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In Portsmouth, 'Love Blooms Here' community event aims to 'outshine hate'

Flowers and messages of supporter were left at the door of Temple Israel on Feb. 24, 2023 - one of the places targeted with hateful graffiti earlier this week.
Dan Tuohy
/
NHPR
Flowers and messages of supporter were left at the door of Temple Israel, one of the places targeted with hateful graffiti earlier this week.

Crowds of people dropped off flowers at Portsmouth businesses and a house of worship Friday that were targeted by hateful graffiti earlier in the week.

The bouquets were meant to make a visual statement — that love trumps hate.

Clifton West Jr., of Black Lives Matter Seacoast, and Josie Pinto, of Reproductive Freedom Fund of NH, prepare to hand out a bouquet of flowers Feb. 24, 2023 in Portsmouth, NH, as part of a "Love Blooms Here" event in response to hateful gaffiti and hate crimes.
Dan Tuohy
/
NHPR
Clifton West Jr., of Black Lives Matter Seacoast, and Josie Pinto, of Reproductive Freedom Fund of NH, prepare to hand out a bouquet of flowers Feb. 24, 2023 in Portsmouth, NH, as part of a "Love Blooms Here" event in response to hateful gaffiti and hate crimes.

“We know that these are not one-off incidences in New Hampshire and in New England," said Jo Kelley, the city's assistant mayor and the owner of Cup of Joe Cafe and Bar, one of the businesses vandalized. "We’re seeing them more and more and more. And so I think if we can do events like this more and more and more, it’s going to show victims and it’s also going to show the community at large that we’re bigger than they are.”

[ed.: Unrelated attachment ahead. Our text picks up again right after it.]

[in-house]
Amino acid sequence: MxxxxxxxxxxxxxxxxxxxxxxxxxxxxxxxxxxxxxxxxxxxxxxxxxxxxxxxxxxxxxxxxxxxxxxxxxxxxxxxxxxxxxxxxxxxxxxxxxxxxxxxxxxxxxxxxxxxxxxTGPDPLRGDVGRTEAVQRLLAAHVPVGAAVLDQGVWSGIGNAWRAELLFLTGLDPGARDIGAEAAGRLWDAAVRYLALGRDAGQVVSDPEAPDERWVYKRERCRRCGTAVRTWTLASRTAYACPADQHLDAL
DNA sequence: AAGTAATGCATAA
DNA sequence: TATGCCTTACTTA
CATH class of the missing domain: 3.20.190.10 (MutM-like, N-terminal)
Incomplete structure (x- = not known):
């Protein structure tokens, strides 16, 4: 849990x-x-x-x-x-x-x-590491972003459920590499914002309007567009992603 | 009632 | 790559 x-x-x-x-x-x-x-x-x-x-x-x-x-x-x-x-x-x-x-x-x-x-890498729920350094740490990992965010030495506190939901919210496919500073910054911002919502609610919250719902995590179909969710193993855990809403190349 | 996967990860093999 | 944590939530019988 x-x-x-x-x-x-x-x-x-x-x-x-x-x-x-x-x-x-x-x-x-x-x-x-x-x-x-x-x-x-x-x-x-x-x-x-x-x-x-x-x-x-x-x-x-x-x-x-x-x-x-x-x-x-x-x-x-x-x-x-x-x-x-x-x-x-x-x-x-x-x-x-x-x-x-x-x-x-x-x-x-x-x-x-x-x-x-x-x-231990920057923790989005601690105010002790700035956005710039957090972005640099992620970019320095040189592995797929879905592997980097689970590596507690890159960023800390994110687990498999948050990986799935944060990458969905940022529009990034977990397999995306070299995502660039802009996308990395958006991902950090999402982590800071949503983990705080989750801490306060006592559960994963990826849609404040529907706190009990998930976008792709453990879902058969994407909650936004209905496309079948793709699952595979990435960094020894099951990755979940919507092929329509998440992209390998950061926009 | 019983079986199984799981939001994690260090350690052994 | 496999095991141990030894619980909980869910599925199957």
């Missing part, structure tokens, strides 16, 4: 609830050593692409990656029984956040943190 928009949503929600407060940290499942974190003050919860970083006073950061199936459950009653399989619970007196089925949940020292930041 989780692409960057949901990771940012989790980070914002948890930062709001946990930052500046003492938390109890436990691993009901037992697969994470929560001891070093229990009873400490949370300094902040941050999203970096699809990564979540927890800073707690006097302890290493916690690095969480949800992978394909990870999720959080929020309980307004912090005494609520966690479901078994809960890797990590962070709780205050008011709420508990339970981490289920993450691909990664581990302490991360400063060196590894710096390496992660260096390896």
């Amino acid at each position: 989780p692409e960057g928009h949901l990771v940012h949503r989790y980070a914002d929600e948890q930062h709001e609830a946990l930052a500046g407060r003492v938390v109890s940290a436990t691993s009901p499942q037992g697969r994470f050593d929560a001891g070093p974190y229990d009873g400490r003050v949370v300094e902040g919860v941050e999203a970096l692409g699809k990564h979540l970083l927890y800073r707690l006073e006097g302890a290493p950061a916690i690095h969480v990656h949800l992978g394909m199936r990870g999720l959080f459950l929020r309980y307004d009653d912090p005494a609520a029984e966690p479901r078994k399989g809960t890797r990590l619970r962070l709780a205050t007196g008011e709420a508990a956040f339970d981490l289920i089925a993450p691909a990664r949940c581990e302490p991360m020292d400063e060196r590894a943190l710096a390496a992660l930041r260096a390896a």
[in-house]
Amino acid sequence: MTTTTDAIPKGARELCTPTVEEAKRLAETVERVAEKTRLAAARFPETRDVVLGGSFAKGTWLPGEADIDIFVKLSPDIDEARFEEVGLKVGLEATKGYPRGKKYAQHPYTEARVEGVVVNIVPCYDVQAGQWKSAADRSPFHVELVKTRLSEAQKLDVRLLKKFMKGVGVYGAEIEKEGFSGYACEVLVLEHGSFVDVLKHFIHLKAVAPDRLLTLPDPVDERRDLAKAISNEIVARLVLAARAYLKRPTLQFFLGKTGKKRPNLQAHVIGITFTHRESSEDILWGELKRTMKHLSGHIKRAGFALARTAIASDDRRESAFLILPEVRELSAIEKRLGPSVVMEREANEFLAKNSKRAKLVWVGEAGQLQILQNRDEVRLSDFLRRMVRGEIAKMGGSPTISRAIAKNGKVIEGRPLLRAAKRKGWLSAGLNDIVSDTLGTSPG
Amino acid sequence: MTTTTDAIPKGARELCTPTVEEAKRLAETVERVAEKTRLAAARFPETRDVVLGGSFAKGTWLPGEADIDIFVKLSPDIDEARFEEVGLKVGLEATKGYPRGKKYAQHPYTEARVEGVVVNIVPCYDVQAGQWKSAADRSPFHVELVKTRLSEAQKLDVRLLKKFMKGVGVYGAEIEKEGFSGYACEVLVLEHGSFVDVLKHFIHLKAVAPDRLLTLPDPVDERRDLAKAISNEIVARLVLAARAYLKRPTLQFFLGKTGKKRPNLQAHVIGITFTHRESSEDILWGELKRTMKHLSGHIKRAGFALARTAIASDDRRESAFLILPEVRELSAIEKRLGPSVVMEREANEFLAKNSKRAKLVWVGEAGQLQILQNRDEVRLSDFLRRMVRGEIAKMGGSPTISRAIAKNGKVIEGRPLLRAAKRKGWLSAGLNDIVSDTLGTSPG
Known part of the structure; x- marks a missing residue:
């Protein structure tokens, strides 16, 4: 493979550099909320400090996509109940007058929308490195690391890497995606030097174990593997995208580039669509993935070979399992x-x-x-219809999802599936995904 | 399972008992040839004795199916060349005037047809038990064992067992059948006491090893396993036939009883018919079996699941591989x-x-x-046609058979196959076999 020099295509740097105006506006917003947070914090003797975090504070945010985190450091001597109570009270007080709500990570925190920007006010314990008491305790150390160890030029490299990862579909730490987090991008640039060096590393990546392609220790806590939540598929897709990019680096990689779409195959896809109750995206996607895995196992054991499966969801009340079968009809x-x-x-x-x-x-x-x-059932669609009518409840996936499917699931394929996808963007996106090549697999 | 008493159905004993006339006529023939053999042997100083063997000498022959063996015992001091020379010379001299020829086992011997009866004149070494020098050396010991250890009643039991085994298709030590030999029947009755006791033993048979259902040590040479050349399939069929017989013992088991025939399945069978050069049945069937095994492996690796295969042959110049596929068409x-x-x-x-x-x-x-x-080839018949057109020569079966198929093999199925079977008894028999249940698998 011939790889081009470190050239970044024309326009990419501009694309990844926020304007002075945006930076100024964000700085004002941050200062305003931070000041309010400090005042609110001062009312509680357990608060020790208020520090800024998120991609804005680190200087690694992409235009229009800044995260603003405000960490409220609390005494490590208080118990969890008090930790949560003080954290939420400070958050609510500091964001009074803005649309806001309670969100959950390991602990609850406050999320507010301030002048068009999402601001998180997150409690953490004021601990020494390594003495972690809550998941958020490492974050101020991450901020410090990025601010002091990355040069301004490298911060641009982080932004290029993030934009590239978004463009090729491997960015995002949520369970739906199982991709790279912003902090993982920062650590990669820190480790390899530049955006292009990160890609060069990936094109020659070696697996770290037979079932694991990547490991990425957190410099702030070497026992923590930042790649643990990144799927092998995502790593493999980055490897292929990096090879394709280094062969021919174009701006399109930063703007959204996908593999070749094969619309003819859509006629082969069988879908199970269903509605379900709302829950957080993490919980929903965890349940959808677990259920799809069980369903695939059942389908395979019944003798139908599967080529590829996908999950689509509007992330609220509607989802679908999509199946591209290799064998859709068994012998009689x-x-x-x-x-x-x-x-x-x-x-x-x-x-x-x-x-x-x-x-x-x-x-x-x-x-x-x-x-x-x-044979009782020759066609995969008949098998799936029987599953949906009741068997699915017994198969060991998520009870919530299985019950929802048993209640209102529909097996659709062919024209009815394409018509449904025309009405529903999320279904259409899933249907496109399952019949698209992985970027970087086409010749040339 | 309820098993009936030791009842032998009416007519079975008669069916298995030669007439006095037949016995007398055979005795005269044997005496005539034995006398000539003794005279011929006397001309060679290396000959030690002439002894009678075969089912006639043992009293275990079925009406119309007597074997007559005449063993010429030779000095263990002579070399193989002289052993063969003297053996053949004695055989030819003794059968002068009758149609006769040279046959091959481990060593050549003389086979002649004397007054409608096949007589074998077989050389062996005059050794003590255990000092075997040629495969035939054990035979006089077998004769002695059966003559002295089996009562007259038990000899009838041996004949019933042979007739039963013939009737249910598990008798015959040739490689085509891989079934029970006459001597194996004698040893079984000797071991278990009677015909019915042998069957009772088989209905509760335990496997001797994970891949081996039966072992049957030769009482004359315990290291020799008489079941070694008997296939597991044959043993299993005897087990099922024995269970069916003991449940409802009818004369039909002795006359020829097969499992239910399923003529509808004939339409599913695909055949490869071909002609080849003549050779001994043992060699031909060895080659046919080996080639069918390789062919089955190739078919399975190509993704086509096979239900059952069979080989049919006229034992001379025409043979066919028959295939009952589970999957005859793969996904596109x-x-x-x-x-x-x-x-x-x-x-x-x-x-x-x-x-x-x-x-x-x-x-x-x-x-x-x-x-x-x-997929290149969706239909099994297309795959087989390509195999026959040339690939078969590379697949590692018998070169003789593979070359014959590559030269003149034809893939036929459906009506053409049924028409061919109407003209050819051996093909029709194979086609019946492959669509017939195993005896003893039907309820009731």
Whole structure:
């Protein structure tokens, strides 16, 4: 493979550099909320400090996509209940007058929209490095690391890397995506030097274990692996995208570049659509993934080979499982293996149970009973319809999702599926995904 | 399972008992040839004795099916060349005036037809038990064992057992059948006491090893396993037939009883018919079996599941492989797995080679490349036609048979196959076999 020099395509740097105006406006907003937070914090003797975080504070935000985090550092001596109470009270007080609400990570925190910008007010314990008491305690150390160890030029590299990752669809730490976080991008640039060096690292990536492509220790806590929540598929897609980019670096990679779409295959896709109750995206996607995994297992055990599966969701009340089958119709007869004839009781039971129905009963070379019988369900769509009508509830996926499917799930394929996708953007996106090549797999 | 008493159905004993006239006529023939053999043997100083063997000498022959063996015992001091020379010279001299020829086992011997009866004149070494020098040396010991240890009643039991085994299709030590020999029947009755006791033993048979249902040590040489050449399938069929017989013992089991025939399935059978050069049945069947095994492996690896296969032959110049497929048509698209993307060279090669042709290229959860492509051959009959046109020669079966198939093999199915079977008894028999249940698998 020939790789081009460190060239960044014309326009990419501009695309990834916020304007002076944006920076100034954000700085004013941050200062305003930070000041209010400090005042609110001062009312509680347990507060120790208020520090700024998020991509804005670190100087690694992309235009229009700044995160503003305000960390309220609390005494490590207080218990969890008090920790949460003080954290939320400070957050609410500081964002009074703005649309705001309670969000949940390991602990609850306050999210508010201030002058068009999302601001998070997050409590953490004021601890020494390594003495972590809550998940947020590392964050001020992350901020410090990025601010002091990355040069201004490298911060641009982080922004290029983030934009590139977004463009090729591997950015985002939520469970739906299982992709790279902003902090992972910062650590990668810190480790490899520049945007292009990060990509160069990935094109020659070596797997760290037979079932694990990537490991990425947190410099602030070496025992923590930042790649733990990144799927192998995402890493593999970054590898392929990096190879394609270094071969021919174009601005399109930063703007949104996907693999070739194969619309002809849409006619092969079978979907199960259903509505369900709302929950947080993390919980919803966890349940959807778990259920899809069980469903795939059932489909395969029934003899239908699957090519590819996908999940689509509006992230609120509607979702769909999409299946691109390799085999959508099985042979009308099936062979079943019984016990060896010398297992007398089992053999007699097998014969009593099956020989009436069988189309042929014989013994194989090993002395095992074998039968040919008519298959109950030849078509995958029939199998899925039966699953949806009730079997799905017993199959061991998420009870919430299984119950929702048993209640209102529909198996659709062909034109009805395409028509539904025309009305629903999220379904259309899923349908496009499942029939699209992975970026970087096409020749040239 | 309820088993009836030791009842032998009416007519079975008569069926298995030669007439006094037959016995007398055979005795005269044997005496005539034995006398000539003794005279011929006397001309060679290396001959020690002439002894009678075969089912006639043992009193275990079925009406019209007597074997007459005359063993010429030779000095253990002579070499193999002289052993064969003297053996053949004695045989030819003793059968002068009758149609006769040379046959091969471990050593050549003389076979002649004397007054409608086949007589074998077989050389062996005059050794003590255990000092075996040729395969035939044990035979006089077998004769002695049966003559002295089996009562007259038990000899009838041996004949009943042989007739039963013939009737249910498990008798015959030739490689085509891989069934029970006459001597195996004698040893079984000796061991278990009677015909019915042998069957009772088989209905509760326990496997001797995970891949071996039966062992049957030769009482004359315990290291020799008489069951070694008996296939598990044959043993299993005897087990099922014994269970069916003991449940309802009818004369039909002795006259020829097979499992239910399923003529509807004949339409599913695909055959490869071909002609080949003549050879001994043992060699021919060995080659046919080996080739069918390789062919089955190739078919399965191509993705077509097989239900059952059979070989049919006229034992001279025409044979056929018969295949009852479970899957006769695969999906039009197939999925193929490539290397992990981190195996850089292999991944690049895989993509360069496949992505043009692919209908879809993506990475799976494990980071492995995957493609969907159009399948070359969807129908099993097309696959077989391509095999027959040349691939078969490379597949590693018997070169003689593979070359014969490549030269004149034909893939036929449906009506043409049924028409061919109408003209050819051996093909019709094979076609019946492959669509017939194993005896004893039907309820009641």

The event, "Love Blooms Here," was organized by a group of nonprofits and volunteers. They included Lovering Health Center, New England BIPOC Fest, Reproductive Freedom Fund of NH, Black Lives Matter Seacoast, The Flower Room and Flowers by Leslie.

Jo Kelley, right, speaks with supporters outside her business in Portsmouth, NH on Feb. 24, 2023.
Dan Tuohy
/
NHPR
Portsmouth Assistant Mayor and Cup Of Joe owner Jo Kelley, right, speaks with supporters outside her business on Feb. 24, 2023.

Kelley, who is Portsmouth's first Black assistant mayor, told members of the crowd assembled at her cafe that community leaders would not sit silently by when confronted by hate speech or hate crimes.

"So our goal really is to always outshine hate," she said. "We know that silence doesn’t work. We need to be more vocal than they are. They’re proud of who they are. They’re proud of their mentalities, their thoughts. They march proudly in our streets. And so we feel we have to be louder than them.”

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Dan is a long-time New Hampshire journalist who has written for outlets including Foster's Daily Democrat, The Citizen of Laconia, The Boston Globe, and The Eagle-Tribune. He comes to NHPR from the New Hampshire Union Leader, where he reported on state, local, and national politics.
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